I gathered my things and loaded my shoulders with all my bags and other stuff, ready for the relief of an afternoon bike ride, then looked down.
W. T. F.
I looked closer.
A scaly knot on my floor. Curled up. I touched it with my boot and sure enough it slithered.
Again, W T ACTUAL F.
Mind starts pinballing. Heart racing. How do I get it out of here?
Custodians are gone for the day. Don’t have access to a broom and dustpan. I can’t just leave it here. IT’S. IN. MY. OFFICE.
I find a bowl and set it on top of the slithering striped shoelace. Then I walk calmly down to see if a couple of my “country”-type colleagues are still here. Nope, already headed home. So, it’s just me. And the scaly shoelace IN MY OFFICE.
I had to pace to gather my courage. I finally picked up the bowl and there it was, my little sworn enemy. And just like that I
And screamed DIE.
Stop. Was it dead? (Poke).
And finally, I stopped, looked, and it was still.
Scooped it up with a file folder and dumped it in the woods. I was hyperventilating-ugly-crying-nose-running awful. So hard to calm down.
Then the what ifs? crept in. I was in my office with a snake for who knows how long. What if I had been bitten? Or someone else? Too much to think about. Just be grateful it wasn’t worse.
You might be surprised to read that I like snakes. Well “like” might be too strong…I’ll just say as I’ve gotten older I understand their role. I know many of them are good and I just work around them when I see them on the farm. It’s me living in their habitat not the other way around.
Maybe that’s why it was so upsetting to find one IN. MY. OFFICE.
It can’t just slither under the rocks and disappear. It was a showdown. She or me.
Yes, I killed it and it made me sort of sad on top of the other huge knot of emotions. I was a little less sad when I found out it was poisonous, but again relieved it had not been worse. I wondered, how did it get here? Was it born here? Are there more around the corner? Or is a farm varmint trying to stowaway for a quick vacation? More under the car seat? I’m still on the lookout.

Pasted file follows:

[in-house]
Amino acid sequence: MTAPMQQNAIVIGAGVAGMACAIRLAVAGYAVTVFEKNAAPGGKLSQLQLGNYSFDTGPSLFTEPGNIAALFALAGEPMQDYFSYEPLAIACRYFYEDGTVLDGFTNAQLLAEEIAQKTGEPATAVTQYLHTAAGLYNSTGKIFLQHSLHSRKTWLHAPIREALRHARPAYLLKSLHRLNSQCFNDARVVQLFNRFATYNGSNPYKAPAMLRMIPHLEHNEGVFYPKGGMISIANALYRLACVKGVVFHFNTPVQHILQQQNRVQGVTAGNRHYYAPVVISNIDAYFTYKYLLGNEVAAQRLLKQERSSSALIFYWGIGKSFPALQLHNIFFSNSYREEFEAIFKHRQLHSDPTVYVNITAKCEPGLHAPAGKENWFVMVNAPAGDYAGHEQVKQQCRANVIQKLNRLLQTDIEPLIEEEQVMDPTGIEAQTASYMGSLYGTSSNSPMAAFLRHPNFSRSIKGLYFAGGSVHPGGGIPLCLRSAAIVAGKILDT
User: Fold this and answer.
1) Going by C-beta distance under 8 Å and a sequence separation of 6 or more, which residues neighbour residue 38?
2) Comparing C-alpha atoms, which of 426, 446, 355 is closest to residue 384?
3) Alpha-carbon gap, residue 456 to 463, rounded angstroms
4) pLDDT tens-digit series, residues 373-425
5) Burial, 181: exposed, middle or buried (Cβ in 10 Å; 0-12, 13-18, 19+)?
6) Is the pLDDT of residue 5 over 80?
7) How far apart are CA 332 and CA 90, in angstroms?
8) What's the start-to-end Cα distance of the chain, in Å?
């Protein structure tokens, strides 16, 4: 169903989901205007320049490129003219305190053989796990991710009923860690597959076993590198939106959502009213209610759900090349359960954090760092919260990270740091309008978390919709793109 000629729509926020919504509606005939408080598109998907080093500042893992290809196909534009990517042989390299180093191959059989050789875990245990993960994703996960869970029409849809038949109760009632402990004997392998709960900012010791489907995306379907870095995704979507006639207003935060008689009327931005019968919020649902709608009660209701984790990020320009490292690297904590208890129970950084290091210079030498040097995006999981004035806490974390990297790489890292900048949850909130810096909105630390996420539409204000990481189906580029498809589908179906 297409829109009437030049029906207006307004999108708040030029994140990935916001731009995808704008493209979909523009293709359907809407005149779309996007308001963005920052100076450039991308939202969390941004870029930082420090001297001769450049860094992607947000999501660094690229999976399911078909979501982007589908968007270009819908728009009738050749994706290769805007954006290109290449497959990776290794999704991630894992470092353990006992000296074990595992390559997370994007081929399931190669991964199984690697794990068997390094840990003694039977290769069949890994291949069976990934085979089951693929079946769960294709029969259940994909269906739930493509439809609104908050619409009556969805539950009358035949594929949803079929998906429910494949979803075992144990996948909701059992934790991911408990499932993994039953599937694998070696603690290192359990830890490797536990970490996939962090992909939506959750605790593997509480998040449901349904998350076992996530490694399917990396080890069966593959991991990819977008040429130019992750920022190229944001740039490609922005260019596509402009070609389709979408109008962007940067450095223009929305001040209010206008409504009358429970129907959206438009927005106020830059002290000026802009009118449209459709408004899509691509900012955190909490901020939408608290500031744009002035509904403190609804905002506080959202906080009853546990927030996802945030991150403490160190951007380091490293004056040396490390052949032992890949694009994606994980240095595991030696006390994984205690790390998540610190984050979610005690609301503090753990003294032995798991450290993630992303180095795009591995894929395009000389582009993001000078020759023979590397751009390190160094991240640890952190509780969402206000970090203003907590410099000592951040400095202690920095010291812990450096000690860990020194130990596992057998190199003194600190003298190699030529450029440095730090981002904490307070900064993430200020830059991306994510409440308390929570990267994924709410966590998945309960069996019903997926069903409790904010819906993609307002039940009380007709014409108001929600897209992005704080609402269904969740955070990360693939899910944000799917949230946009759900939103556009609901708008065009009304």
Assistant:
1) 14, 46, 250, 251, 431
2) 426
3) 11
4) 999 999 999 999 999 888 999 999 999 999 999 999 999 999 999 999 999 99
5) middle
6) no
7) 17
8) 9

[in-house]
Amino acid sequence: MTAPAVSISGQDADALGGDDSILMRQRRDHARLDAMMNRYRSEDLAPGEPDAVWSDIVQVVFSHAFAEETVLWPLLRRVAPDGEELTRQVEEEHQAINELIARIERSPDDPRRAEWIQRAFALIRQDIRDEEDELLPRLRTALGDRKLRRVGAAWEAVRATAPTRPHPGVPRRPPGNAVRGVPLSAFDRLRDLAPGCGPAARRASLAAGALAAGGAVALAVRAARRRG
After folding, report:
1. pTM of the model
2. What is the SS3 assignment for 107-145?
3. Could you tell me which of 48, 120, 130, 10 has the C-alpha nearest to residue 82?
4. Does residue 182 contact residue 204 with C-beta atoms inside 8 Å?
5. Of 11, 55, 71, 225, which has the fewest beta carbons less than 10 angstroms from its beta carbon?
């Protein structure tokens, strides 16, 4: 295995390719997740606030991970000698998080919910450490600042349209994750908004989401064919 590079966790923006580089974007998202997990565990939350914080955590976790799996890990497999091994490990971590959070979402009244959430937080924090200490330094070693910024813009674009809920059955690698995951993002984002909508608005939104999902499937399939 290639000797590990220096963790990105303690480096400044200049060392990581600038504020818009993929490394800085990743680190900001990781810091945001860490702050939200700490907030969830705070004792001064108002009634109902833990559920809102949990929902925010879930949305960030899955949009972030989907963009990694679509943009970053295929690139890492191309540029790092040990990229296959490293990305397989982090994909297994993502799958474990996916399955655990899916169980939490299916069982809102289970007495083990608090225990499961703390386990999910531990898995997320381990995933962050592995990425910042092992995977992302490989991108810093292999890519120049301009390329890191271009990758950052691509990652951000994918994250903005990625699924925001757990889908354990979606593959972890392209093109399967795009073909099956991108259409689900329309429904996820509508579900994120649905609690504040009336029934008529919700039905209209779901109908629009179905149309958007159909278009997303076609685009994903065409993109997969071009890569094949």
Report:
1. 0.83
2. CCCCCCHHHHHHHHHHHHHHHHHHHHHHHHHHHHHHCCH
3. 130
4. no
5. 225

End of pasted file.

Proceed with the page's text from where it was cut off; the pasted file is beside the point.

Thank goodness I chose boots over Birkenstocks that day.
Just another animal adventure to add to the growing list.
The title says it all. How do you take a city girl and drop her in the country and get her doing stuff? Farm stuff to be exact. Chores, using a knife, hauling trash and other non-city-girl things.
The easiest way to get her to produce is tell her she can’t and she will do everything in her power to prove you wrong. So to those who said you can’t, you shouldn’t, you won’t, it’s not for you, it’s hard work, and so on I’m toasting you right now. I am ever so thankful for your encouragement and motivation.
The new flavor of this girl is country. It might be country on the weekend and city on the weekday but that’s okay. It’s what works right now. In life we all make sacrifices. If you have a dream and you want to put it into action you need to sacrifice, hustle and do what needs to be done.
That’s where progress and growth comes. You grow when you test your limits. You gain confidence when you push yourself beyond what you think you can do. Some things may take more practice than others but you will never know until you try. Try as much as you can as often as you can until you find what you love.
For me I’m one month into my new farm girl role. Oddly I found out I enjoy mowing the lawn. Mowing acres upon acres. It’s a mindless task but one that is physical, especially if your tool is a push mower. I guess I just drift away when mowing. No time clocks. No requirements to report to anyone. Just me and the mower having some quality time. I may also be daydreaming about getting abs from all my farm chores. A girl can dream, right?
I also enjoy the task of making trash hauls to the dumpster or burn pile. Maybe it’s that I get to hook up different trailers or wagons to my four wheeler and zoom off. Who knows. I just enjoy being a little worker bee.
Speaking of quality time there isn’t anything much more rewarding than enjoying the outdoors, spending time with family / friends and just experiencing the great outdoors in many different ways. I’ve been an avid boater for years. One could say I enjoyed the same quality time but it’s lounge time which is not the same as creating, working and living on your homestead.
Arts / crafts, game nights, home cooking, barbecuing, and so much more. I even have a new farm chick shirt to honor the farm girl and author in me. I have the best of both worlds right now. I get to experience farming and tell the world about right here on this blog. My kids are seeing my shift and challenge of myself. It is my hope that it will inspire them to venture out in their own ways as they adult. The serene views of wildlife and historic barn will never get old because each day brings a different view. On most days it seems we have our own little climate in the mountains.
And for those of you out there who think farming is a lost skill, think again. Meat, veggies and other things are produced by farmers. Having direct access to farm items to my table is a compliment to my fitness and health journey. Fresh, quality and affordability.
Hope you enjoy my farm sampling one month in. I even met some new critters this weekend. A skink, a snake and a giant spider. No picture of the snake because I was screaming while kicking my feet up as it slithered by. It was a black snake not venomous so the screams were not needed but seemed applicable at the time. There were many other creatures but those are just a few that had me on my toes.
Until next time, picture me honing my farming skills in one way or another.